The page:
Metabolic Brain Disease

, Volume 32, Issue 2, pp 529–538 | Cite as

Ammonia toxicity: from head to toe?

  • Srinivasan Dasarathy
  • Rajeshwar P. Mookerjee
  • Veronika Rackayova
  • Vinita Rangroo Thrane
  • Balasubramaniyan Vairappan
  • Peter Ott
  • Christopher F. RoseEmail author
Original Article


Ammonia is diffused and transported across all plasma membranes. This entails that hyperammonemia leads to an increase in ammonia in all organs and tissues. It is known that the toxic ramifications of ammonia primarily touch the brain and cause neurological impairment. However, the deleterious effects of ammonia are not specific to the brain, as the direct effect of increased ammonia (change in pH, membrane potential, metabolism) can occur in any type of cell. Therefore, in the setting of chronic liver disease where multi-organ dysfunction is common, the role of ammonia, only as neurotoxin, is challenged. This review provides insights and evidence that increased ammonia can disturb many organ and cell types and hence lead to dysfunction.


Ammonia Brain Muscle Hepatic encephalopathy Toxicity Liver 


Compliance with ethical standards


The authors have no conflicts to disclose. SD supported in part by NIH grants: RO1 DK 83414, R21 AA 022742, UO1 AA021893 and P50 AA024333 8236.


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Copyright information

© Springer Science+Business Media New York 2016

Authors and Affiliations

  • Srinivasan Dasarathy
    • 1
  • Rajeshwar P. Mookerjee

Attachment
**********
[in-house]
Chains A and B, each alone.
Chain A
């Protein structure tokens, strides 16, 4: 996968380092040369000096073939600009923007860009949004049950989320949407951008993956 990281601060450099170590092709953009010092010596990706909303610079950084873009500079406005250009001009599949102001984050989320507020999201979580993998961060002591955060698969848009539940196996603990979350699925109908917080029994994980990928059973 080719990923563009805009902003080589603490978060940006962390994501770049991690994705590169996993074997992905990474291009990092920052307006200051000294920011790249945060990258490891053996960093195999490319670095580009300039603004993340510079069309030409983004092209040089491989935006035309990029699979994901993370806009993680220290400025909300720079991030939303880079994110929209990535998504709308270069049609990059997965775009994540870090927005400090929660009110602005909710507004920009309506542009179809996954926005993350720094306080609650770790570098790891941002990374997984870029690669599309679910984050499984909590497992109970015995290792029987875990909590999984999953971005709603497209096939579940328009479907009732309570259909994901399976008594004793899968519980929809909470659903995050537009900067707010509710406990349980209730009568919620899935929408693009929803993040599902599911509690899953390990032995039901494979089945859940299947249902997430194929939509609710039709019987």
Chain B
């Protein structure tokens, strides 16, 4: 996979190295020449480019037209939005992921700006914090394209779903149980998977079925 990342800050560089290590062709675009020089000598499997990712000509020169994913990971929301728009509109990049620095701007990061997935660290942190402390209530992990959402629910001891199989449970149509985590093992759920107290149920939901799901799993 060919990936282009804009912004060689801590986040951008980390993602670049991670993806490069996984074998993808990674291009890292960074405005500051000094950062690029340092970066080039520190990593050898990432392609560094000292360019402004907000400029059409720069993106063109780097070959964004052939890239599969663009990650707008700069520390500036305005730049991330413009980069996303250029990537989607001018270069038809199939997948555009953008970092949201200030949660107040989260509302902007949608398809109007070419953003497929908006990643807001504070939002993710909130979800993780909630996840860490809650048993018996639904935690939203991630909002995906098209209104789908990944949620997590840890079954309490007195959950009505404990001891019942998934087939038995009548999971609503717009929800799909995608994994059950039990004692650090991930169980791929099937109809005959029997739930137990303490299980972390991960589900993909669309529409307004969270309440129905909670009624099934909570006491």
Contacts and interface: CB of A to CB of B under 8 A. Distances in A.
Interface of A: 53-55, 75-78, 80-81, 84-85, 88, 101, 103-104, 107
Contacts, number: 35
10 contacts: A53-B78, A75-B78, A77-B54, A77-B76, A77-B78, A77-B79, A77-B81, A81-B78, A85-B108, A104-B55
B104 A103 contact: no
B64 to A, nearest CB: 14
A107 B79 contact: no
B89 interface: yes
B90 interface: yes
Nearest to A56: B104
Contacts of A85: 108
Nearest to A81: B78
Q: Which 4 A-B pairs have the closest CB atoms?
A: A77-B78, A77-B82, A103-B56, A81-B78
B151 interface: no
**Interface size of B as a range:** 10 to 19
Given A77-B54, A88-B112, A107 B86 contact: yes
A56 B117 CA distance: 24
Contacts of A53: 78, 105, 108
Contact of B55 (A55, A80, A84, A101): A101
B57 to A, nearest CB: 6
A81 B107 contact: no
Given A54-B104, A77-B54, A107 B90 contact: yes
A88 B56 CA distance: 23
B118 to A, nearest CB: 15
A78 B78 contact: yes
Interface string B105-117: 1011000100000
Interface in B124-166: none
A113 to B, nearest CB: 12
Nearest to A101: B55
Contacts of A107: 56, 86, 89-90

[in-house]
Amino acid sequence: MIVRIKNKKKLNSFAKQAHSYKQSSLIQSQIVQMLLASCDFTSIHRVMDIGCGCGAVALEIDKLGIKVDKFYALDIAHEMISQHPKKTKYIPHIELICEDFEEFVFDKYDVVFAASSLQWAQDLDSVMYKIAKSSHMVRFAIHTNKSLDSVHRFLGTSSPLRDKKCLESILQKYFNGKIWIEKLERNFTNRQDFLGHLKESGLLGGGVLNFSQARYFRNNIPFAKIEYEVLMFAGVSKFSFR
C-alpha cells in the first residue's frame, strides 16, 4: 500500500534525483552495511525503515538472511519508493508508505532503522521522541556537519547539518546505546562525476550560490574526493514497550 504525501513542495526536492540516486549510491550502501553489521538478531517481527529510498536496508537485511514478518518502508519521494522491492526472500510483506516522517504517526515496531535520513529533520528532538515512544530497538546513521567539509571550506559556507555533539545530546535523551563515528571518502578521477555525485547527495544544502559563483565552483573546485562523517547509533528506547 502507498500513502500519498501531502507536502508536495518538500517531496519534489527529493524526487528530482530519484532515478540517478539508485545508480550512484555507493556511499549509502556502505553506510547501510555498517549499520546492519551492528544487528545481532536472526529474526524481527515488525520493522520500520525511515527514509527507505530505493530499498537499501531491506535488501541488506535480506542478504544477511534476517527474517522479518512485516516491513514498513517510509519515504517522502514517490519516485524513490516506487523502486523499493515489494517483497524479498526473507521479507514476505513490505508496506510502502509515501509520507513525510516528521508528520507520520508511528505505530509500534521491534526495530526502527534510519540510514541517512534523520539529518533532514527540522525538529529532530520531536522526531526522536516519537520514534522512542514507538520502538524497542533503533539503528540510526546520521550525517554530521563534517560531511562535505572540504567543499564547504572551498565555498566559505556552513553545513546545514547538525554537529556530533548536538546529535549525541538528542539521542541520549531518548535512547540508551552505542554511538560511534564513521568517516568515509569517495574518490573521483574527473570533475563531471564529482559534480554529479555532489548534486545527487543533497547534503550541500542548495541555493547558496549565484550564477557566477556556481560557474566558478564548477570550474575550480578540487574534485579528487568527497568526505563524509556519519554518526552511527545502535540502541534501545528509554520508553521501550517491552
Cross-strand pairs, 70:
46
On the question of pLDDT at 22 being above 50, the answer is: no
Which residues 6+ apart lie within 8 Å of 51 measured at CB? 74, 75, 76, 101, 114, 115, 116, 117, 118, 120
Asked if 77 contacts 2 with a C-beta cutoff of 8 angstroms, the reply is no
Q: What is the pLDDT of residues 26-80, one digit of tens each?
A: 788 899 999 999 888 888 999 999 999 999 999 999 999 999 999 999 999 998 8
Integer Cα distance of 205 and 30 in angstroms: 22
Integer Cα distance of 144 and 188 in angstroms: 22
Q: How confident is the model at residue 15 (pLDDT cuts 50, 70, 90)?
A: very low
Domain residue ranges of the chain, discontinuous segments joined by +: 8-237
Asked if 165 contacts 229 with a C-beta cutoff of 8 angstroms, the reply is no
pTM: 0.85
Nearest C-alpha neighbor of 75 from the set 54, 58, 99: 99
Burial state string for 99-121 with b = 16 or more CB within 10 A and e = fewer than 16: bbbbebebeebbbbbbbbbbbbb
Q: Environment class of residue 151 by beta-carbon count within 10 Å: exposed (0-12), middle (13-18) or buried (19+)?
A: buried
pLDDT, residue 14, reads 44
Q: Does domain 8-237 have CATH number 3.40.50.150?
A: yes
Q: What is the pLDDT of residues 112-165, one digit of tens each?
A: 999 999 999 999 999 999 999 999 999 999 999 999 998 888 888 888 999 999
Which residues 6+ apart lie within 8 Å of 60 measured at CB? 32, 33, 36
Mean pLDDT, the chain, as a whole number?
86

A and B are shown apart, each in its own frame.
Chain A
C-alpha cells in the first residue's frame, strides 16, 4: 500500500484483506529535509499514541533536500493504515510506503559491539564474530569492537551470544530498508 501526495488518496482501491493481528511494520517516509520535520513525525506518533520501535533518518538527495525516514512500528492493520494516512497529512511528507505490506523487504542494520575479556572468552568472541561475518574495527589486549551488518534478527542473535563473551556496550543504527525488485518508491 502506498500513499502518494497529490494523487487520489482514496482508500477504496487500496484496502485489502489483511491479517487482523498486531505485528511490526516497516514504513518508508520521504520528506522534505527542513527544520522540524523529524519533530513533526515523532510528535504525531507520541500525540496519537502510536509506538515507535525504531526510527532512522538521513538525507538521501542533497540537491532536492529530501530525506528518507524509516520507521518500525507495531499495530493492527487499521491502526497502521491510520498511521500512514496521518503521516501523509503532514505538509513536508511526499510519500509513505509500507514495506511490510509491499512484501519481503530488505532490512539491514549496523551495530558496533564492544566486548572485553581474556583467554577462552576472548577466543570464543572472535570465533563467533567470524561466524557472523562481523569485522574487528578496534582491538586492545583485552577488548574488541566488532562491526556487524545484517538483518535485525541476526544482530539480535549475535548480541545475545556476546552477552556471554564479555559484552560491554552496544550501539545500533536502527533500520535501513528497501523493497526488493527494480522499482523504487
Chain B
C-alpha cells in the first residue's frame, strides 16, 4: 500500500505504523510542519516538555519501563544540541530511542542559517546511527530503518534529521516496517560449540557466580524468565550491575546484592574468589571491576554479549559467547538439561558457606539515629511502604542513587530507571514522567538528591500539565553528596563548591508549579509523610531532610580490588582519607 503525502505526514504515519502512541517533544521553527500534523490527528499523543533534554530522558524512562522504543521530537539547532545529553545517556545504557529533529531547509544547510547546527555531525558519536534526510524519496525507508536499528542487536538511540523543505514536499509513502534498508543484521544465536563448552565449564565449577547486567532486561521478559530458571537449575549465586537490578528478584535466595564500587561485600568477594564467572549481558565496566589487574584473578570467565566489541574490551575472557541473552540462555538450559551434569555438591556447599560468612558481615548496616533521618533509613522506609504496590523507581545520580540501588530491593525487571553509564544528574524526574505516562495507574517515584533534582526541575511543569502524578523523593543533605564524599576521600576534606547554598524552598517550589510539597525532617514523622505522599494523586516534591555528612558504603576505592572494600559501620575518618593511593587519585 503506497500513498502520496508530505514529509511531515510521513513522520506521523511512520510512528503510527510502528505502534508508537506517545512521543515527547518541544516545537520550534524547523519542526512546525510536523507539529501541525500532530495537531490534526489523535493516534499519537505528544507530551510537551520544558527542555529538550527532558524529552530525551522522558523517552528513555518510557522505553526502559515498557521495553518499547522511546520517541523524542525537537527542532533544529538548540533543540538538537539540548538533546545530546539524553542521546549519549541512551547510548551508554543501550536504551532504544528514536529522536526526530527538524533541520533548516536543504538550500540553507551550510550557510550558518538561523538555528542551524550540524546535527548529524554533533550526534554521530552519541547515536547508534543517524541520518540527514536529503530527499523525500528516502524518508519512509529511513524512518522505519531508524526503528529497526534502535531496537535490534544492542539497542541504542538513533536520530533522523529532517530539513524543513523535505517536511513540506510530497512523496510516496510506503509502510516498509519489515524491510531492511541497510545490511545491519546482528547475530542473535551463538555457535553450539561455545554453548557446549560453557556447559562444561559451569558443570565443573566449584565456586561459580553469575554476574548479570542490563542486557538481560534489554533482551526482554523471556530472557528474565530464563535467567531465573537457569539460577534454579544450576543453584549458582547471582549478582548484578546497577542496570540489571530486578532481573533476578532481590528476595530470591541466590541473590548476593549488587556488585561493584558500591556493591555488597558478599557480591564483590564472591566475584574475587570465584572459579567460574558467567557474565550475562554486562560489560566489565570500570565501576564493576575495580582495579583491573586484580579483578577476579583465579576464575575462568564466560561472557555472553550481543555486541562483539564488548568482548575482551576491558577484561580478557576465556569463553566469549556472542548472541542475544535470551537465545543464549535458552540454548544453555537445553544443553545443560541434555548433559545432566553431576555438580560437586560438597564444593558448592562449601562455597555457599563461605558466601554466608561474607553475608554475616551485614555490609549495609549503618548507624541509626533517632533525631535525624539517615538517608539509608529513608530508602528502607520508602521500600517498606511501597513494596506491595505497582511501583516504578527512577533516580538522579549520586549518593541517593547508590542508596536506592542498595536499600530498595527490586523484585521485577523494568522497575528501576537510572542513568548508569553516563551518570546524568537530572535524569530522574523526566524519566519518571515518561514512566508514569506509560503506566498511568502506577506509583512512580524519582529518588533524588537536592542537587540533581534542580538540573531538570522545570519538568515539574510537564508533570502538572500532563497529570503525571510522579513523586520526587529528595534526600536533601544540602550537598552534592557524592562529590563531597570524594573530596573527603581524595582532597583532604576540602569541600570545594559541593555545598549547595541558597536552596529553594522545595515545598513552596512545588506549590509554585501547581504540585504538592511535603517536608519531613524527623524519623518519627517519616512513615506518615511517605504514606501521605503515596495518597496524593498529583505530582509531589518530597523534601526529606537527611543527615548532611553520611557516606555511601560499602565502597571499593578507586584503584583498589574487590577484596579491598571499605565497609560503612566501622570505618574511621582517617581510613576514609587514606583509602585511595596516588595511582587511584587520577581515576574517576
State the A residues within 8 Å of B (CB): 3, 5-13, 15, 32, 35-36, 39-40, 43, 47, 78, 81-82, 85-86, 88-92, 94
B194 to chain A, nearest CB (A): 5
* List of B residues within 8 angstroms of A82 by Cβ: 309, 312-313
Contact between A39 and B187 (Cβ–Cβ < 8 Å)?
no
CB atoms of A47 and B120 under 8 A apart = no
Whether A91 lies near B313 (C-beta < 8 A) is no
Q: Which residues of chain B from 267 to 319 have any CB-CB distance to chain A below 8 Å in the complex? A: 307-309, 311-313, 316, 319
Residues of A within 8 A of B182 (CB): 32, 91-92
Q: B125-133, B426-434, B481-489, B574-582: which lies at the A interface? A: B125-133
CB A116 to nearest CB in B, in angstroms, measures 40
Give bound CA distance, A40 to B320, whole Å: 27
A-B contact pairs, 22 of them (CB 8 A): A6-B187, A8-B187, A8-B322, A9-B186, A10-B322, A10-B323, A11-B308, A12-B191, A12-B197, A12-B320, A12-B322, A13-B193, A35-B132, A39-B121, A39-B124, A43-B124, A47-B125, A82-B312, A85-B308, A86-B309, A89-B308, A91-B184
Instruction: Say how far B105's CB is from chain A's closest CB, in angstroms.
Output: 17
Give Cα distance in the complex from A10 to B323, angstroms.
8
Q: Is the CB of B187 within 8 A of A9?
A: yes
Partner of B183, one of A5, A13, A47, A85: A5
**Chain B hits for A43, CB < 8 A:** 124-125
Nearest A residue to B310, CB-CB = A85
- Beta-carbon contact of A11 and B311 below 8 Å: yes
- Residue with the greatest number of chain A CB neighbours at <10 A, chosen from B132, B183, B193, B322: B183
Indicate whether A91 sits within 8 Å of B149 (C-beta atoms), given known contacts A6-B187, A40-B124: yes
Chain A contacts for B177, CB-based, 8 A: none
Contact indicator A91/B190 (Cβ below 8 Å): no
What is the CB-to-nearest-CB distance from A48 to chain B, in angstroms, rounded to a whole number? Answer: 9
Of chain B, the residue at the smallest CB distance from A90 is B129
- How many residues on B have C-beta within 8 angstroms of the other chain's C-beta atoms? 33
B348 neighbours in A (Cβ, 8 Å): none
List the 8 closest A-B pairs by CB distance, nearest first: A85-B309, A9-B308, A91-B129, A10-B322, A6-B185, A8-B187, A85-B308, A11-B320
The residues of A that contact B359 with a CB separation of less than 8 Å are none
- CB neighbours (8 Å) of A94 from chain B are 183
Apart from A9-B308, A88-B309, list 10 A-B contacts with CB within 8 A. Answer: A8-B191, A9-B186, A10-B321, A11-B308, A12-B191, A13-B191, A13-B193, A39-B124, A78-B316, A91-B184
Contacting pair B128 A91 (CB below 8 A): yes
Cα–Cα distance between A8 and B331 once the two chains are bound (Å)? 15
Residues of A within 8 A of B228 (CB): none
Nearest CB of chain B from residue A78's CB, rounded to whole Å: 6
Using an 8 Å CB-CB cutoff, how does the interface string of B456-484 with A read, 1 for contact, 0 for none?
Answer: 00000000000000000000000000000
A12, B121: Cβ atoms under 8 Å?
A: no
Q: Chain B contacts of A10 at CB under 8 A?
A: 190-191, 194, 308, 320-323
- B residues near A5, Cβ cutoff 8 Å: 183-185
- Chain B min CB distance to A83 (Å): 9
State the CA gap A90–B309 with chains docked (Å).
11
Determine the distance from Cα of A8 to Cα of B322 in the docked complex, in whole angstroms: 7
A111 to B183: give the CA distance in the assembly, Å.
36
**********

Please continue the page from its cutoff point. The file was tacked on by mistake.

• 2
  • Veronika Rackayova
    • 3
  • Vinita Rangroo Thrane
    • 4
    • 5
  • Balasubramaniyan Vairappan
    • 6
  • Peter Ott
    • 7
  • Christopher F. Rose
    • 8
    Email author
  1. 1.Department of Gastroenterology, Hepatology and PathobiologyCleveland ClinicClevelandUSA
  2. 2.Liver Failure Group, UCL Institute for Liver and Digestive Health, UCL Medical School, Royal Free HospitalLondonUK
  3. 3.Laboratory of Functional and Metabolic ImagingEcole Polytechnique Fédérale de Lausanne (EPFL)LausanneSwitzerland
  4. 4.Department of OphthalmologyHaukeland University HospitalBergenNorway
  5. 5.Division of Glial Disease and Therapeutics, Center for Translational Neuromedicine, Department of NeurosurgeryUniversity of Rochester Medical CenterRochesterUSA
  6. 6.Department of BiochemistryJawaharlal Institute of Postgraduate Medical Education and Research (JIPMER)PondicherryIndia
  7. 7.Department of Medicine V (Hepatology and Gastroenterology)AarhusDenmark
  8. 8.Hepato-Neuro Laboratory, CRCHUM, Department of MedicineUniversité de MontréalMontréalCanada

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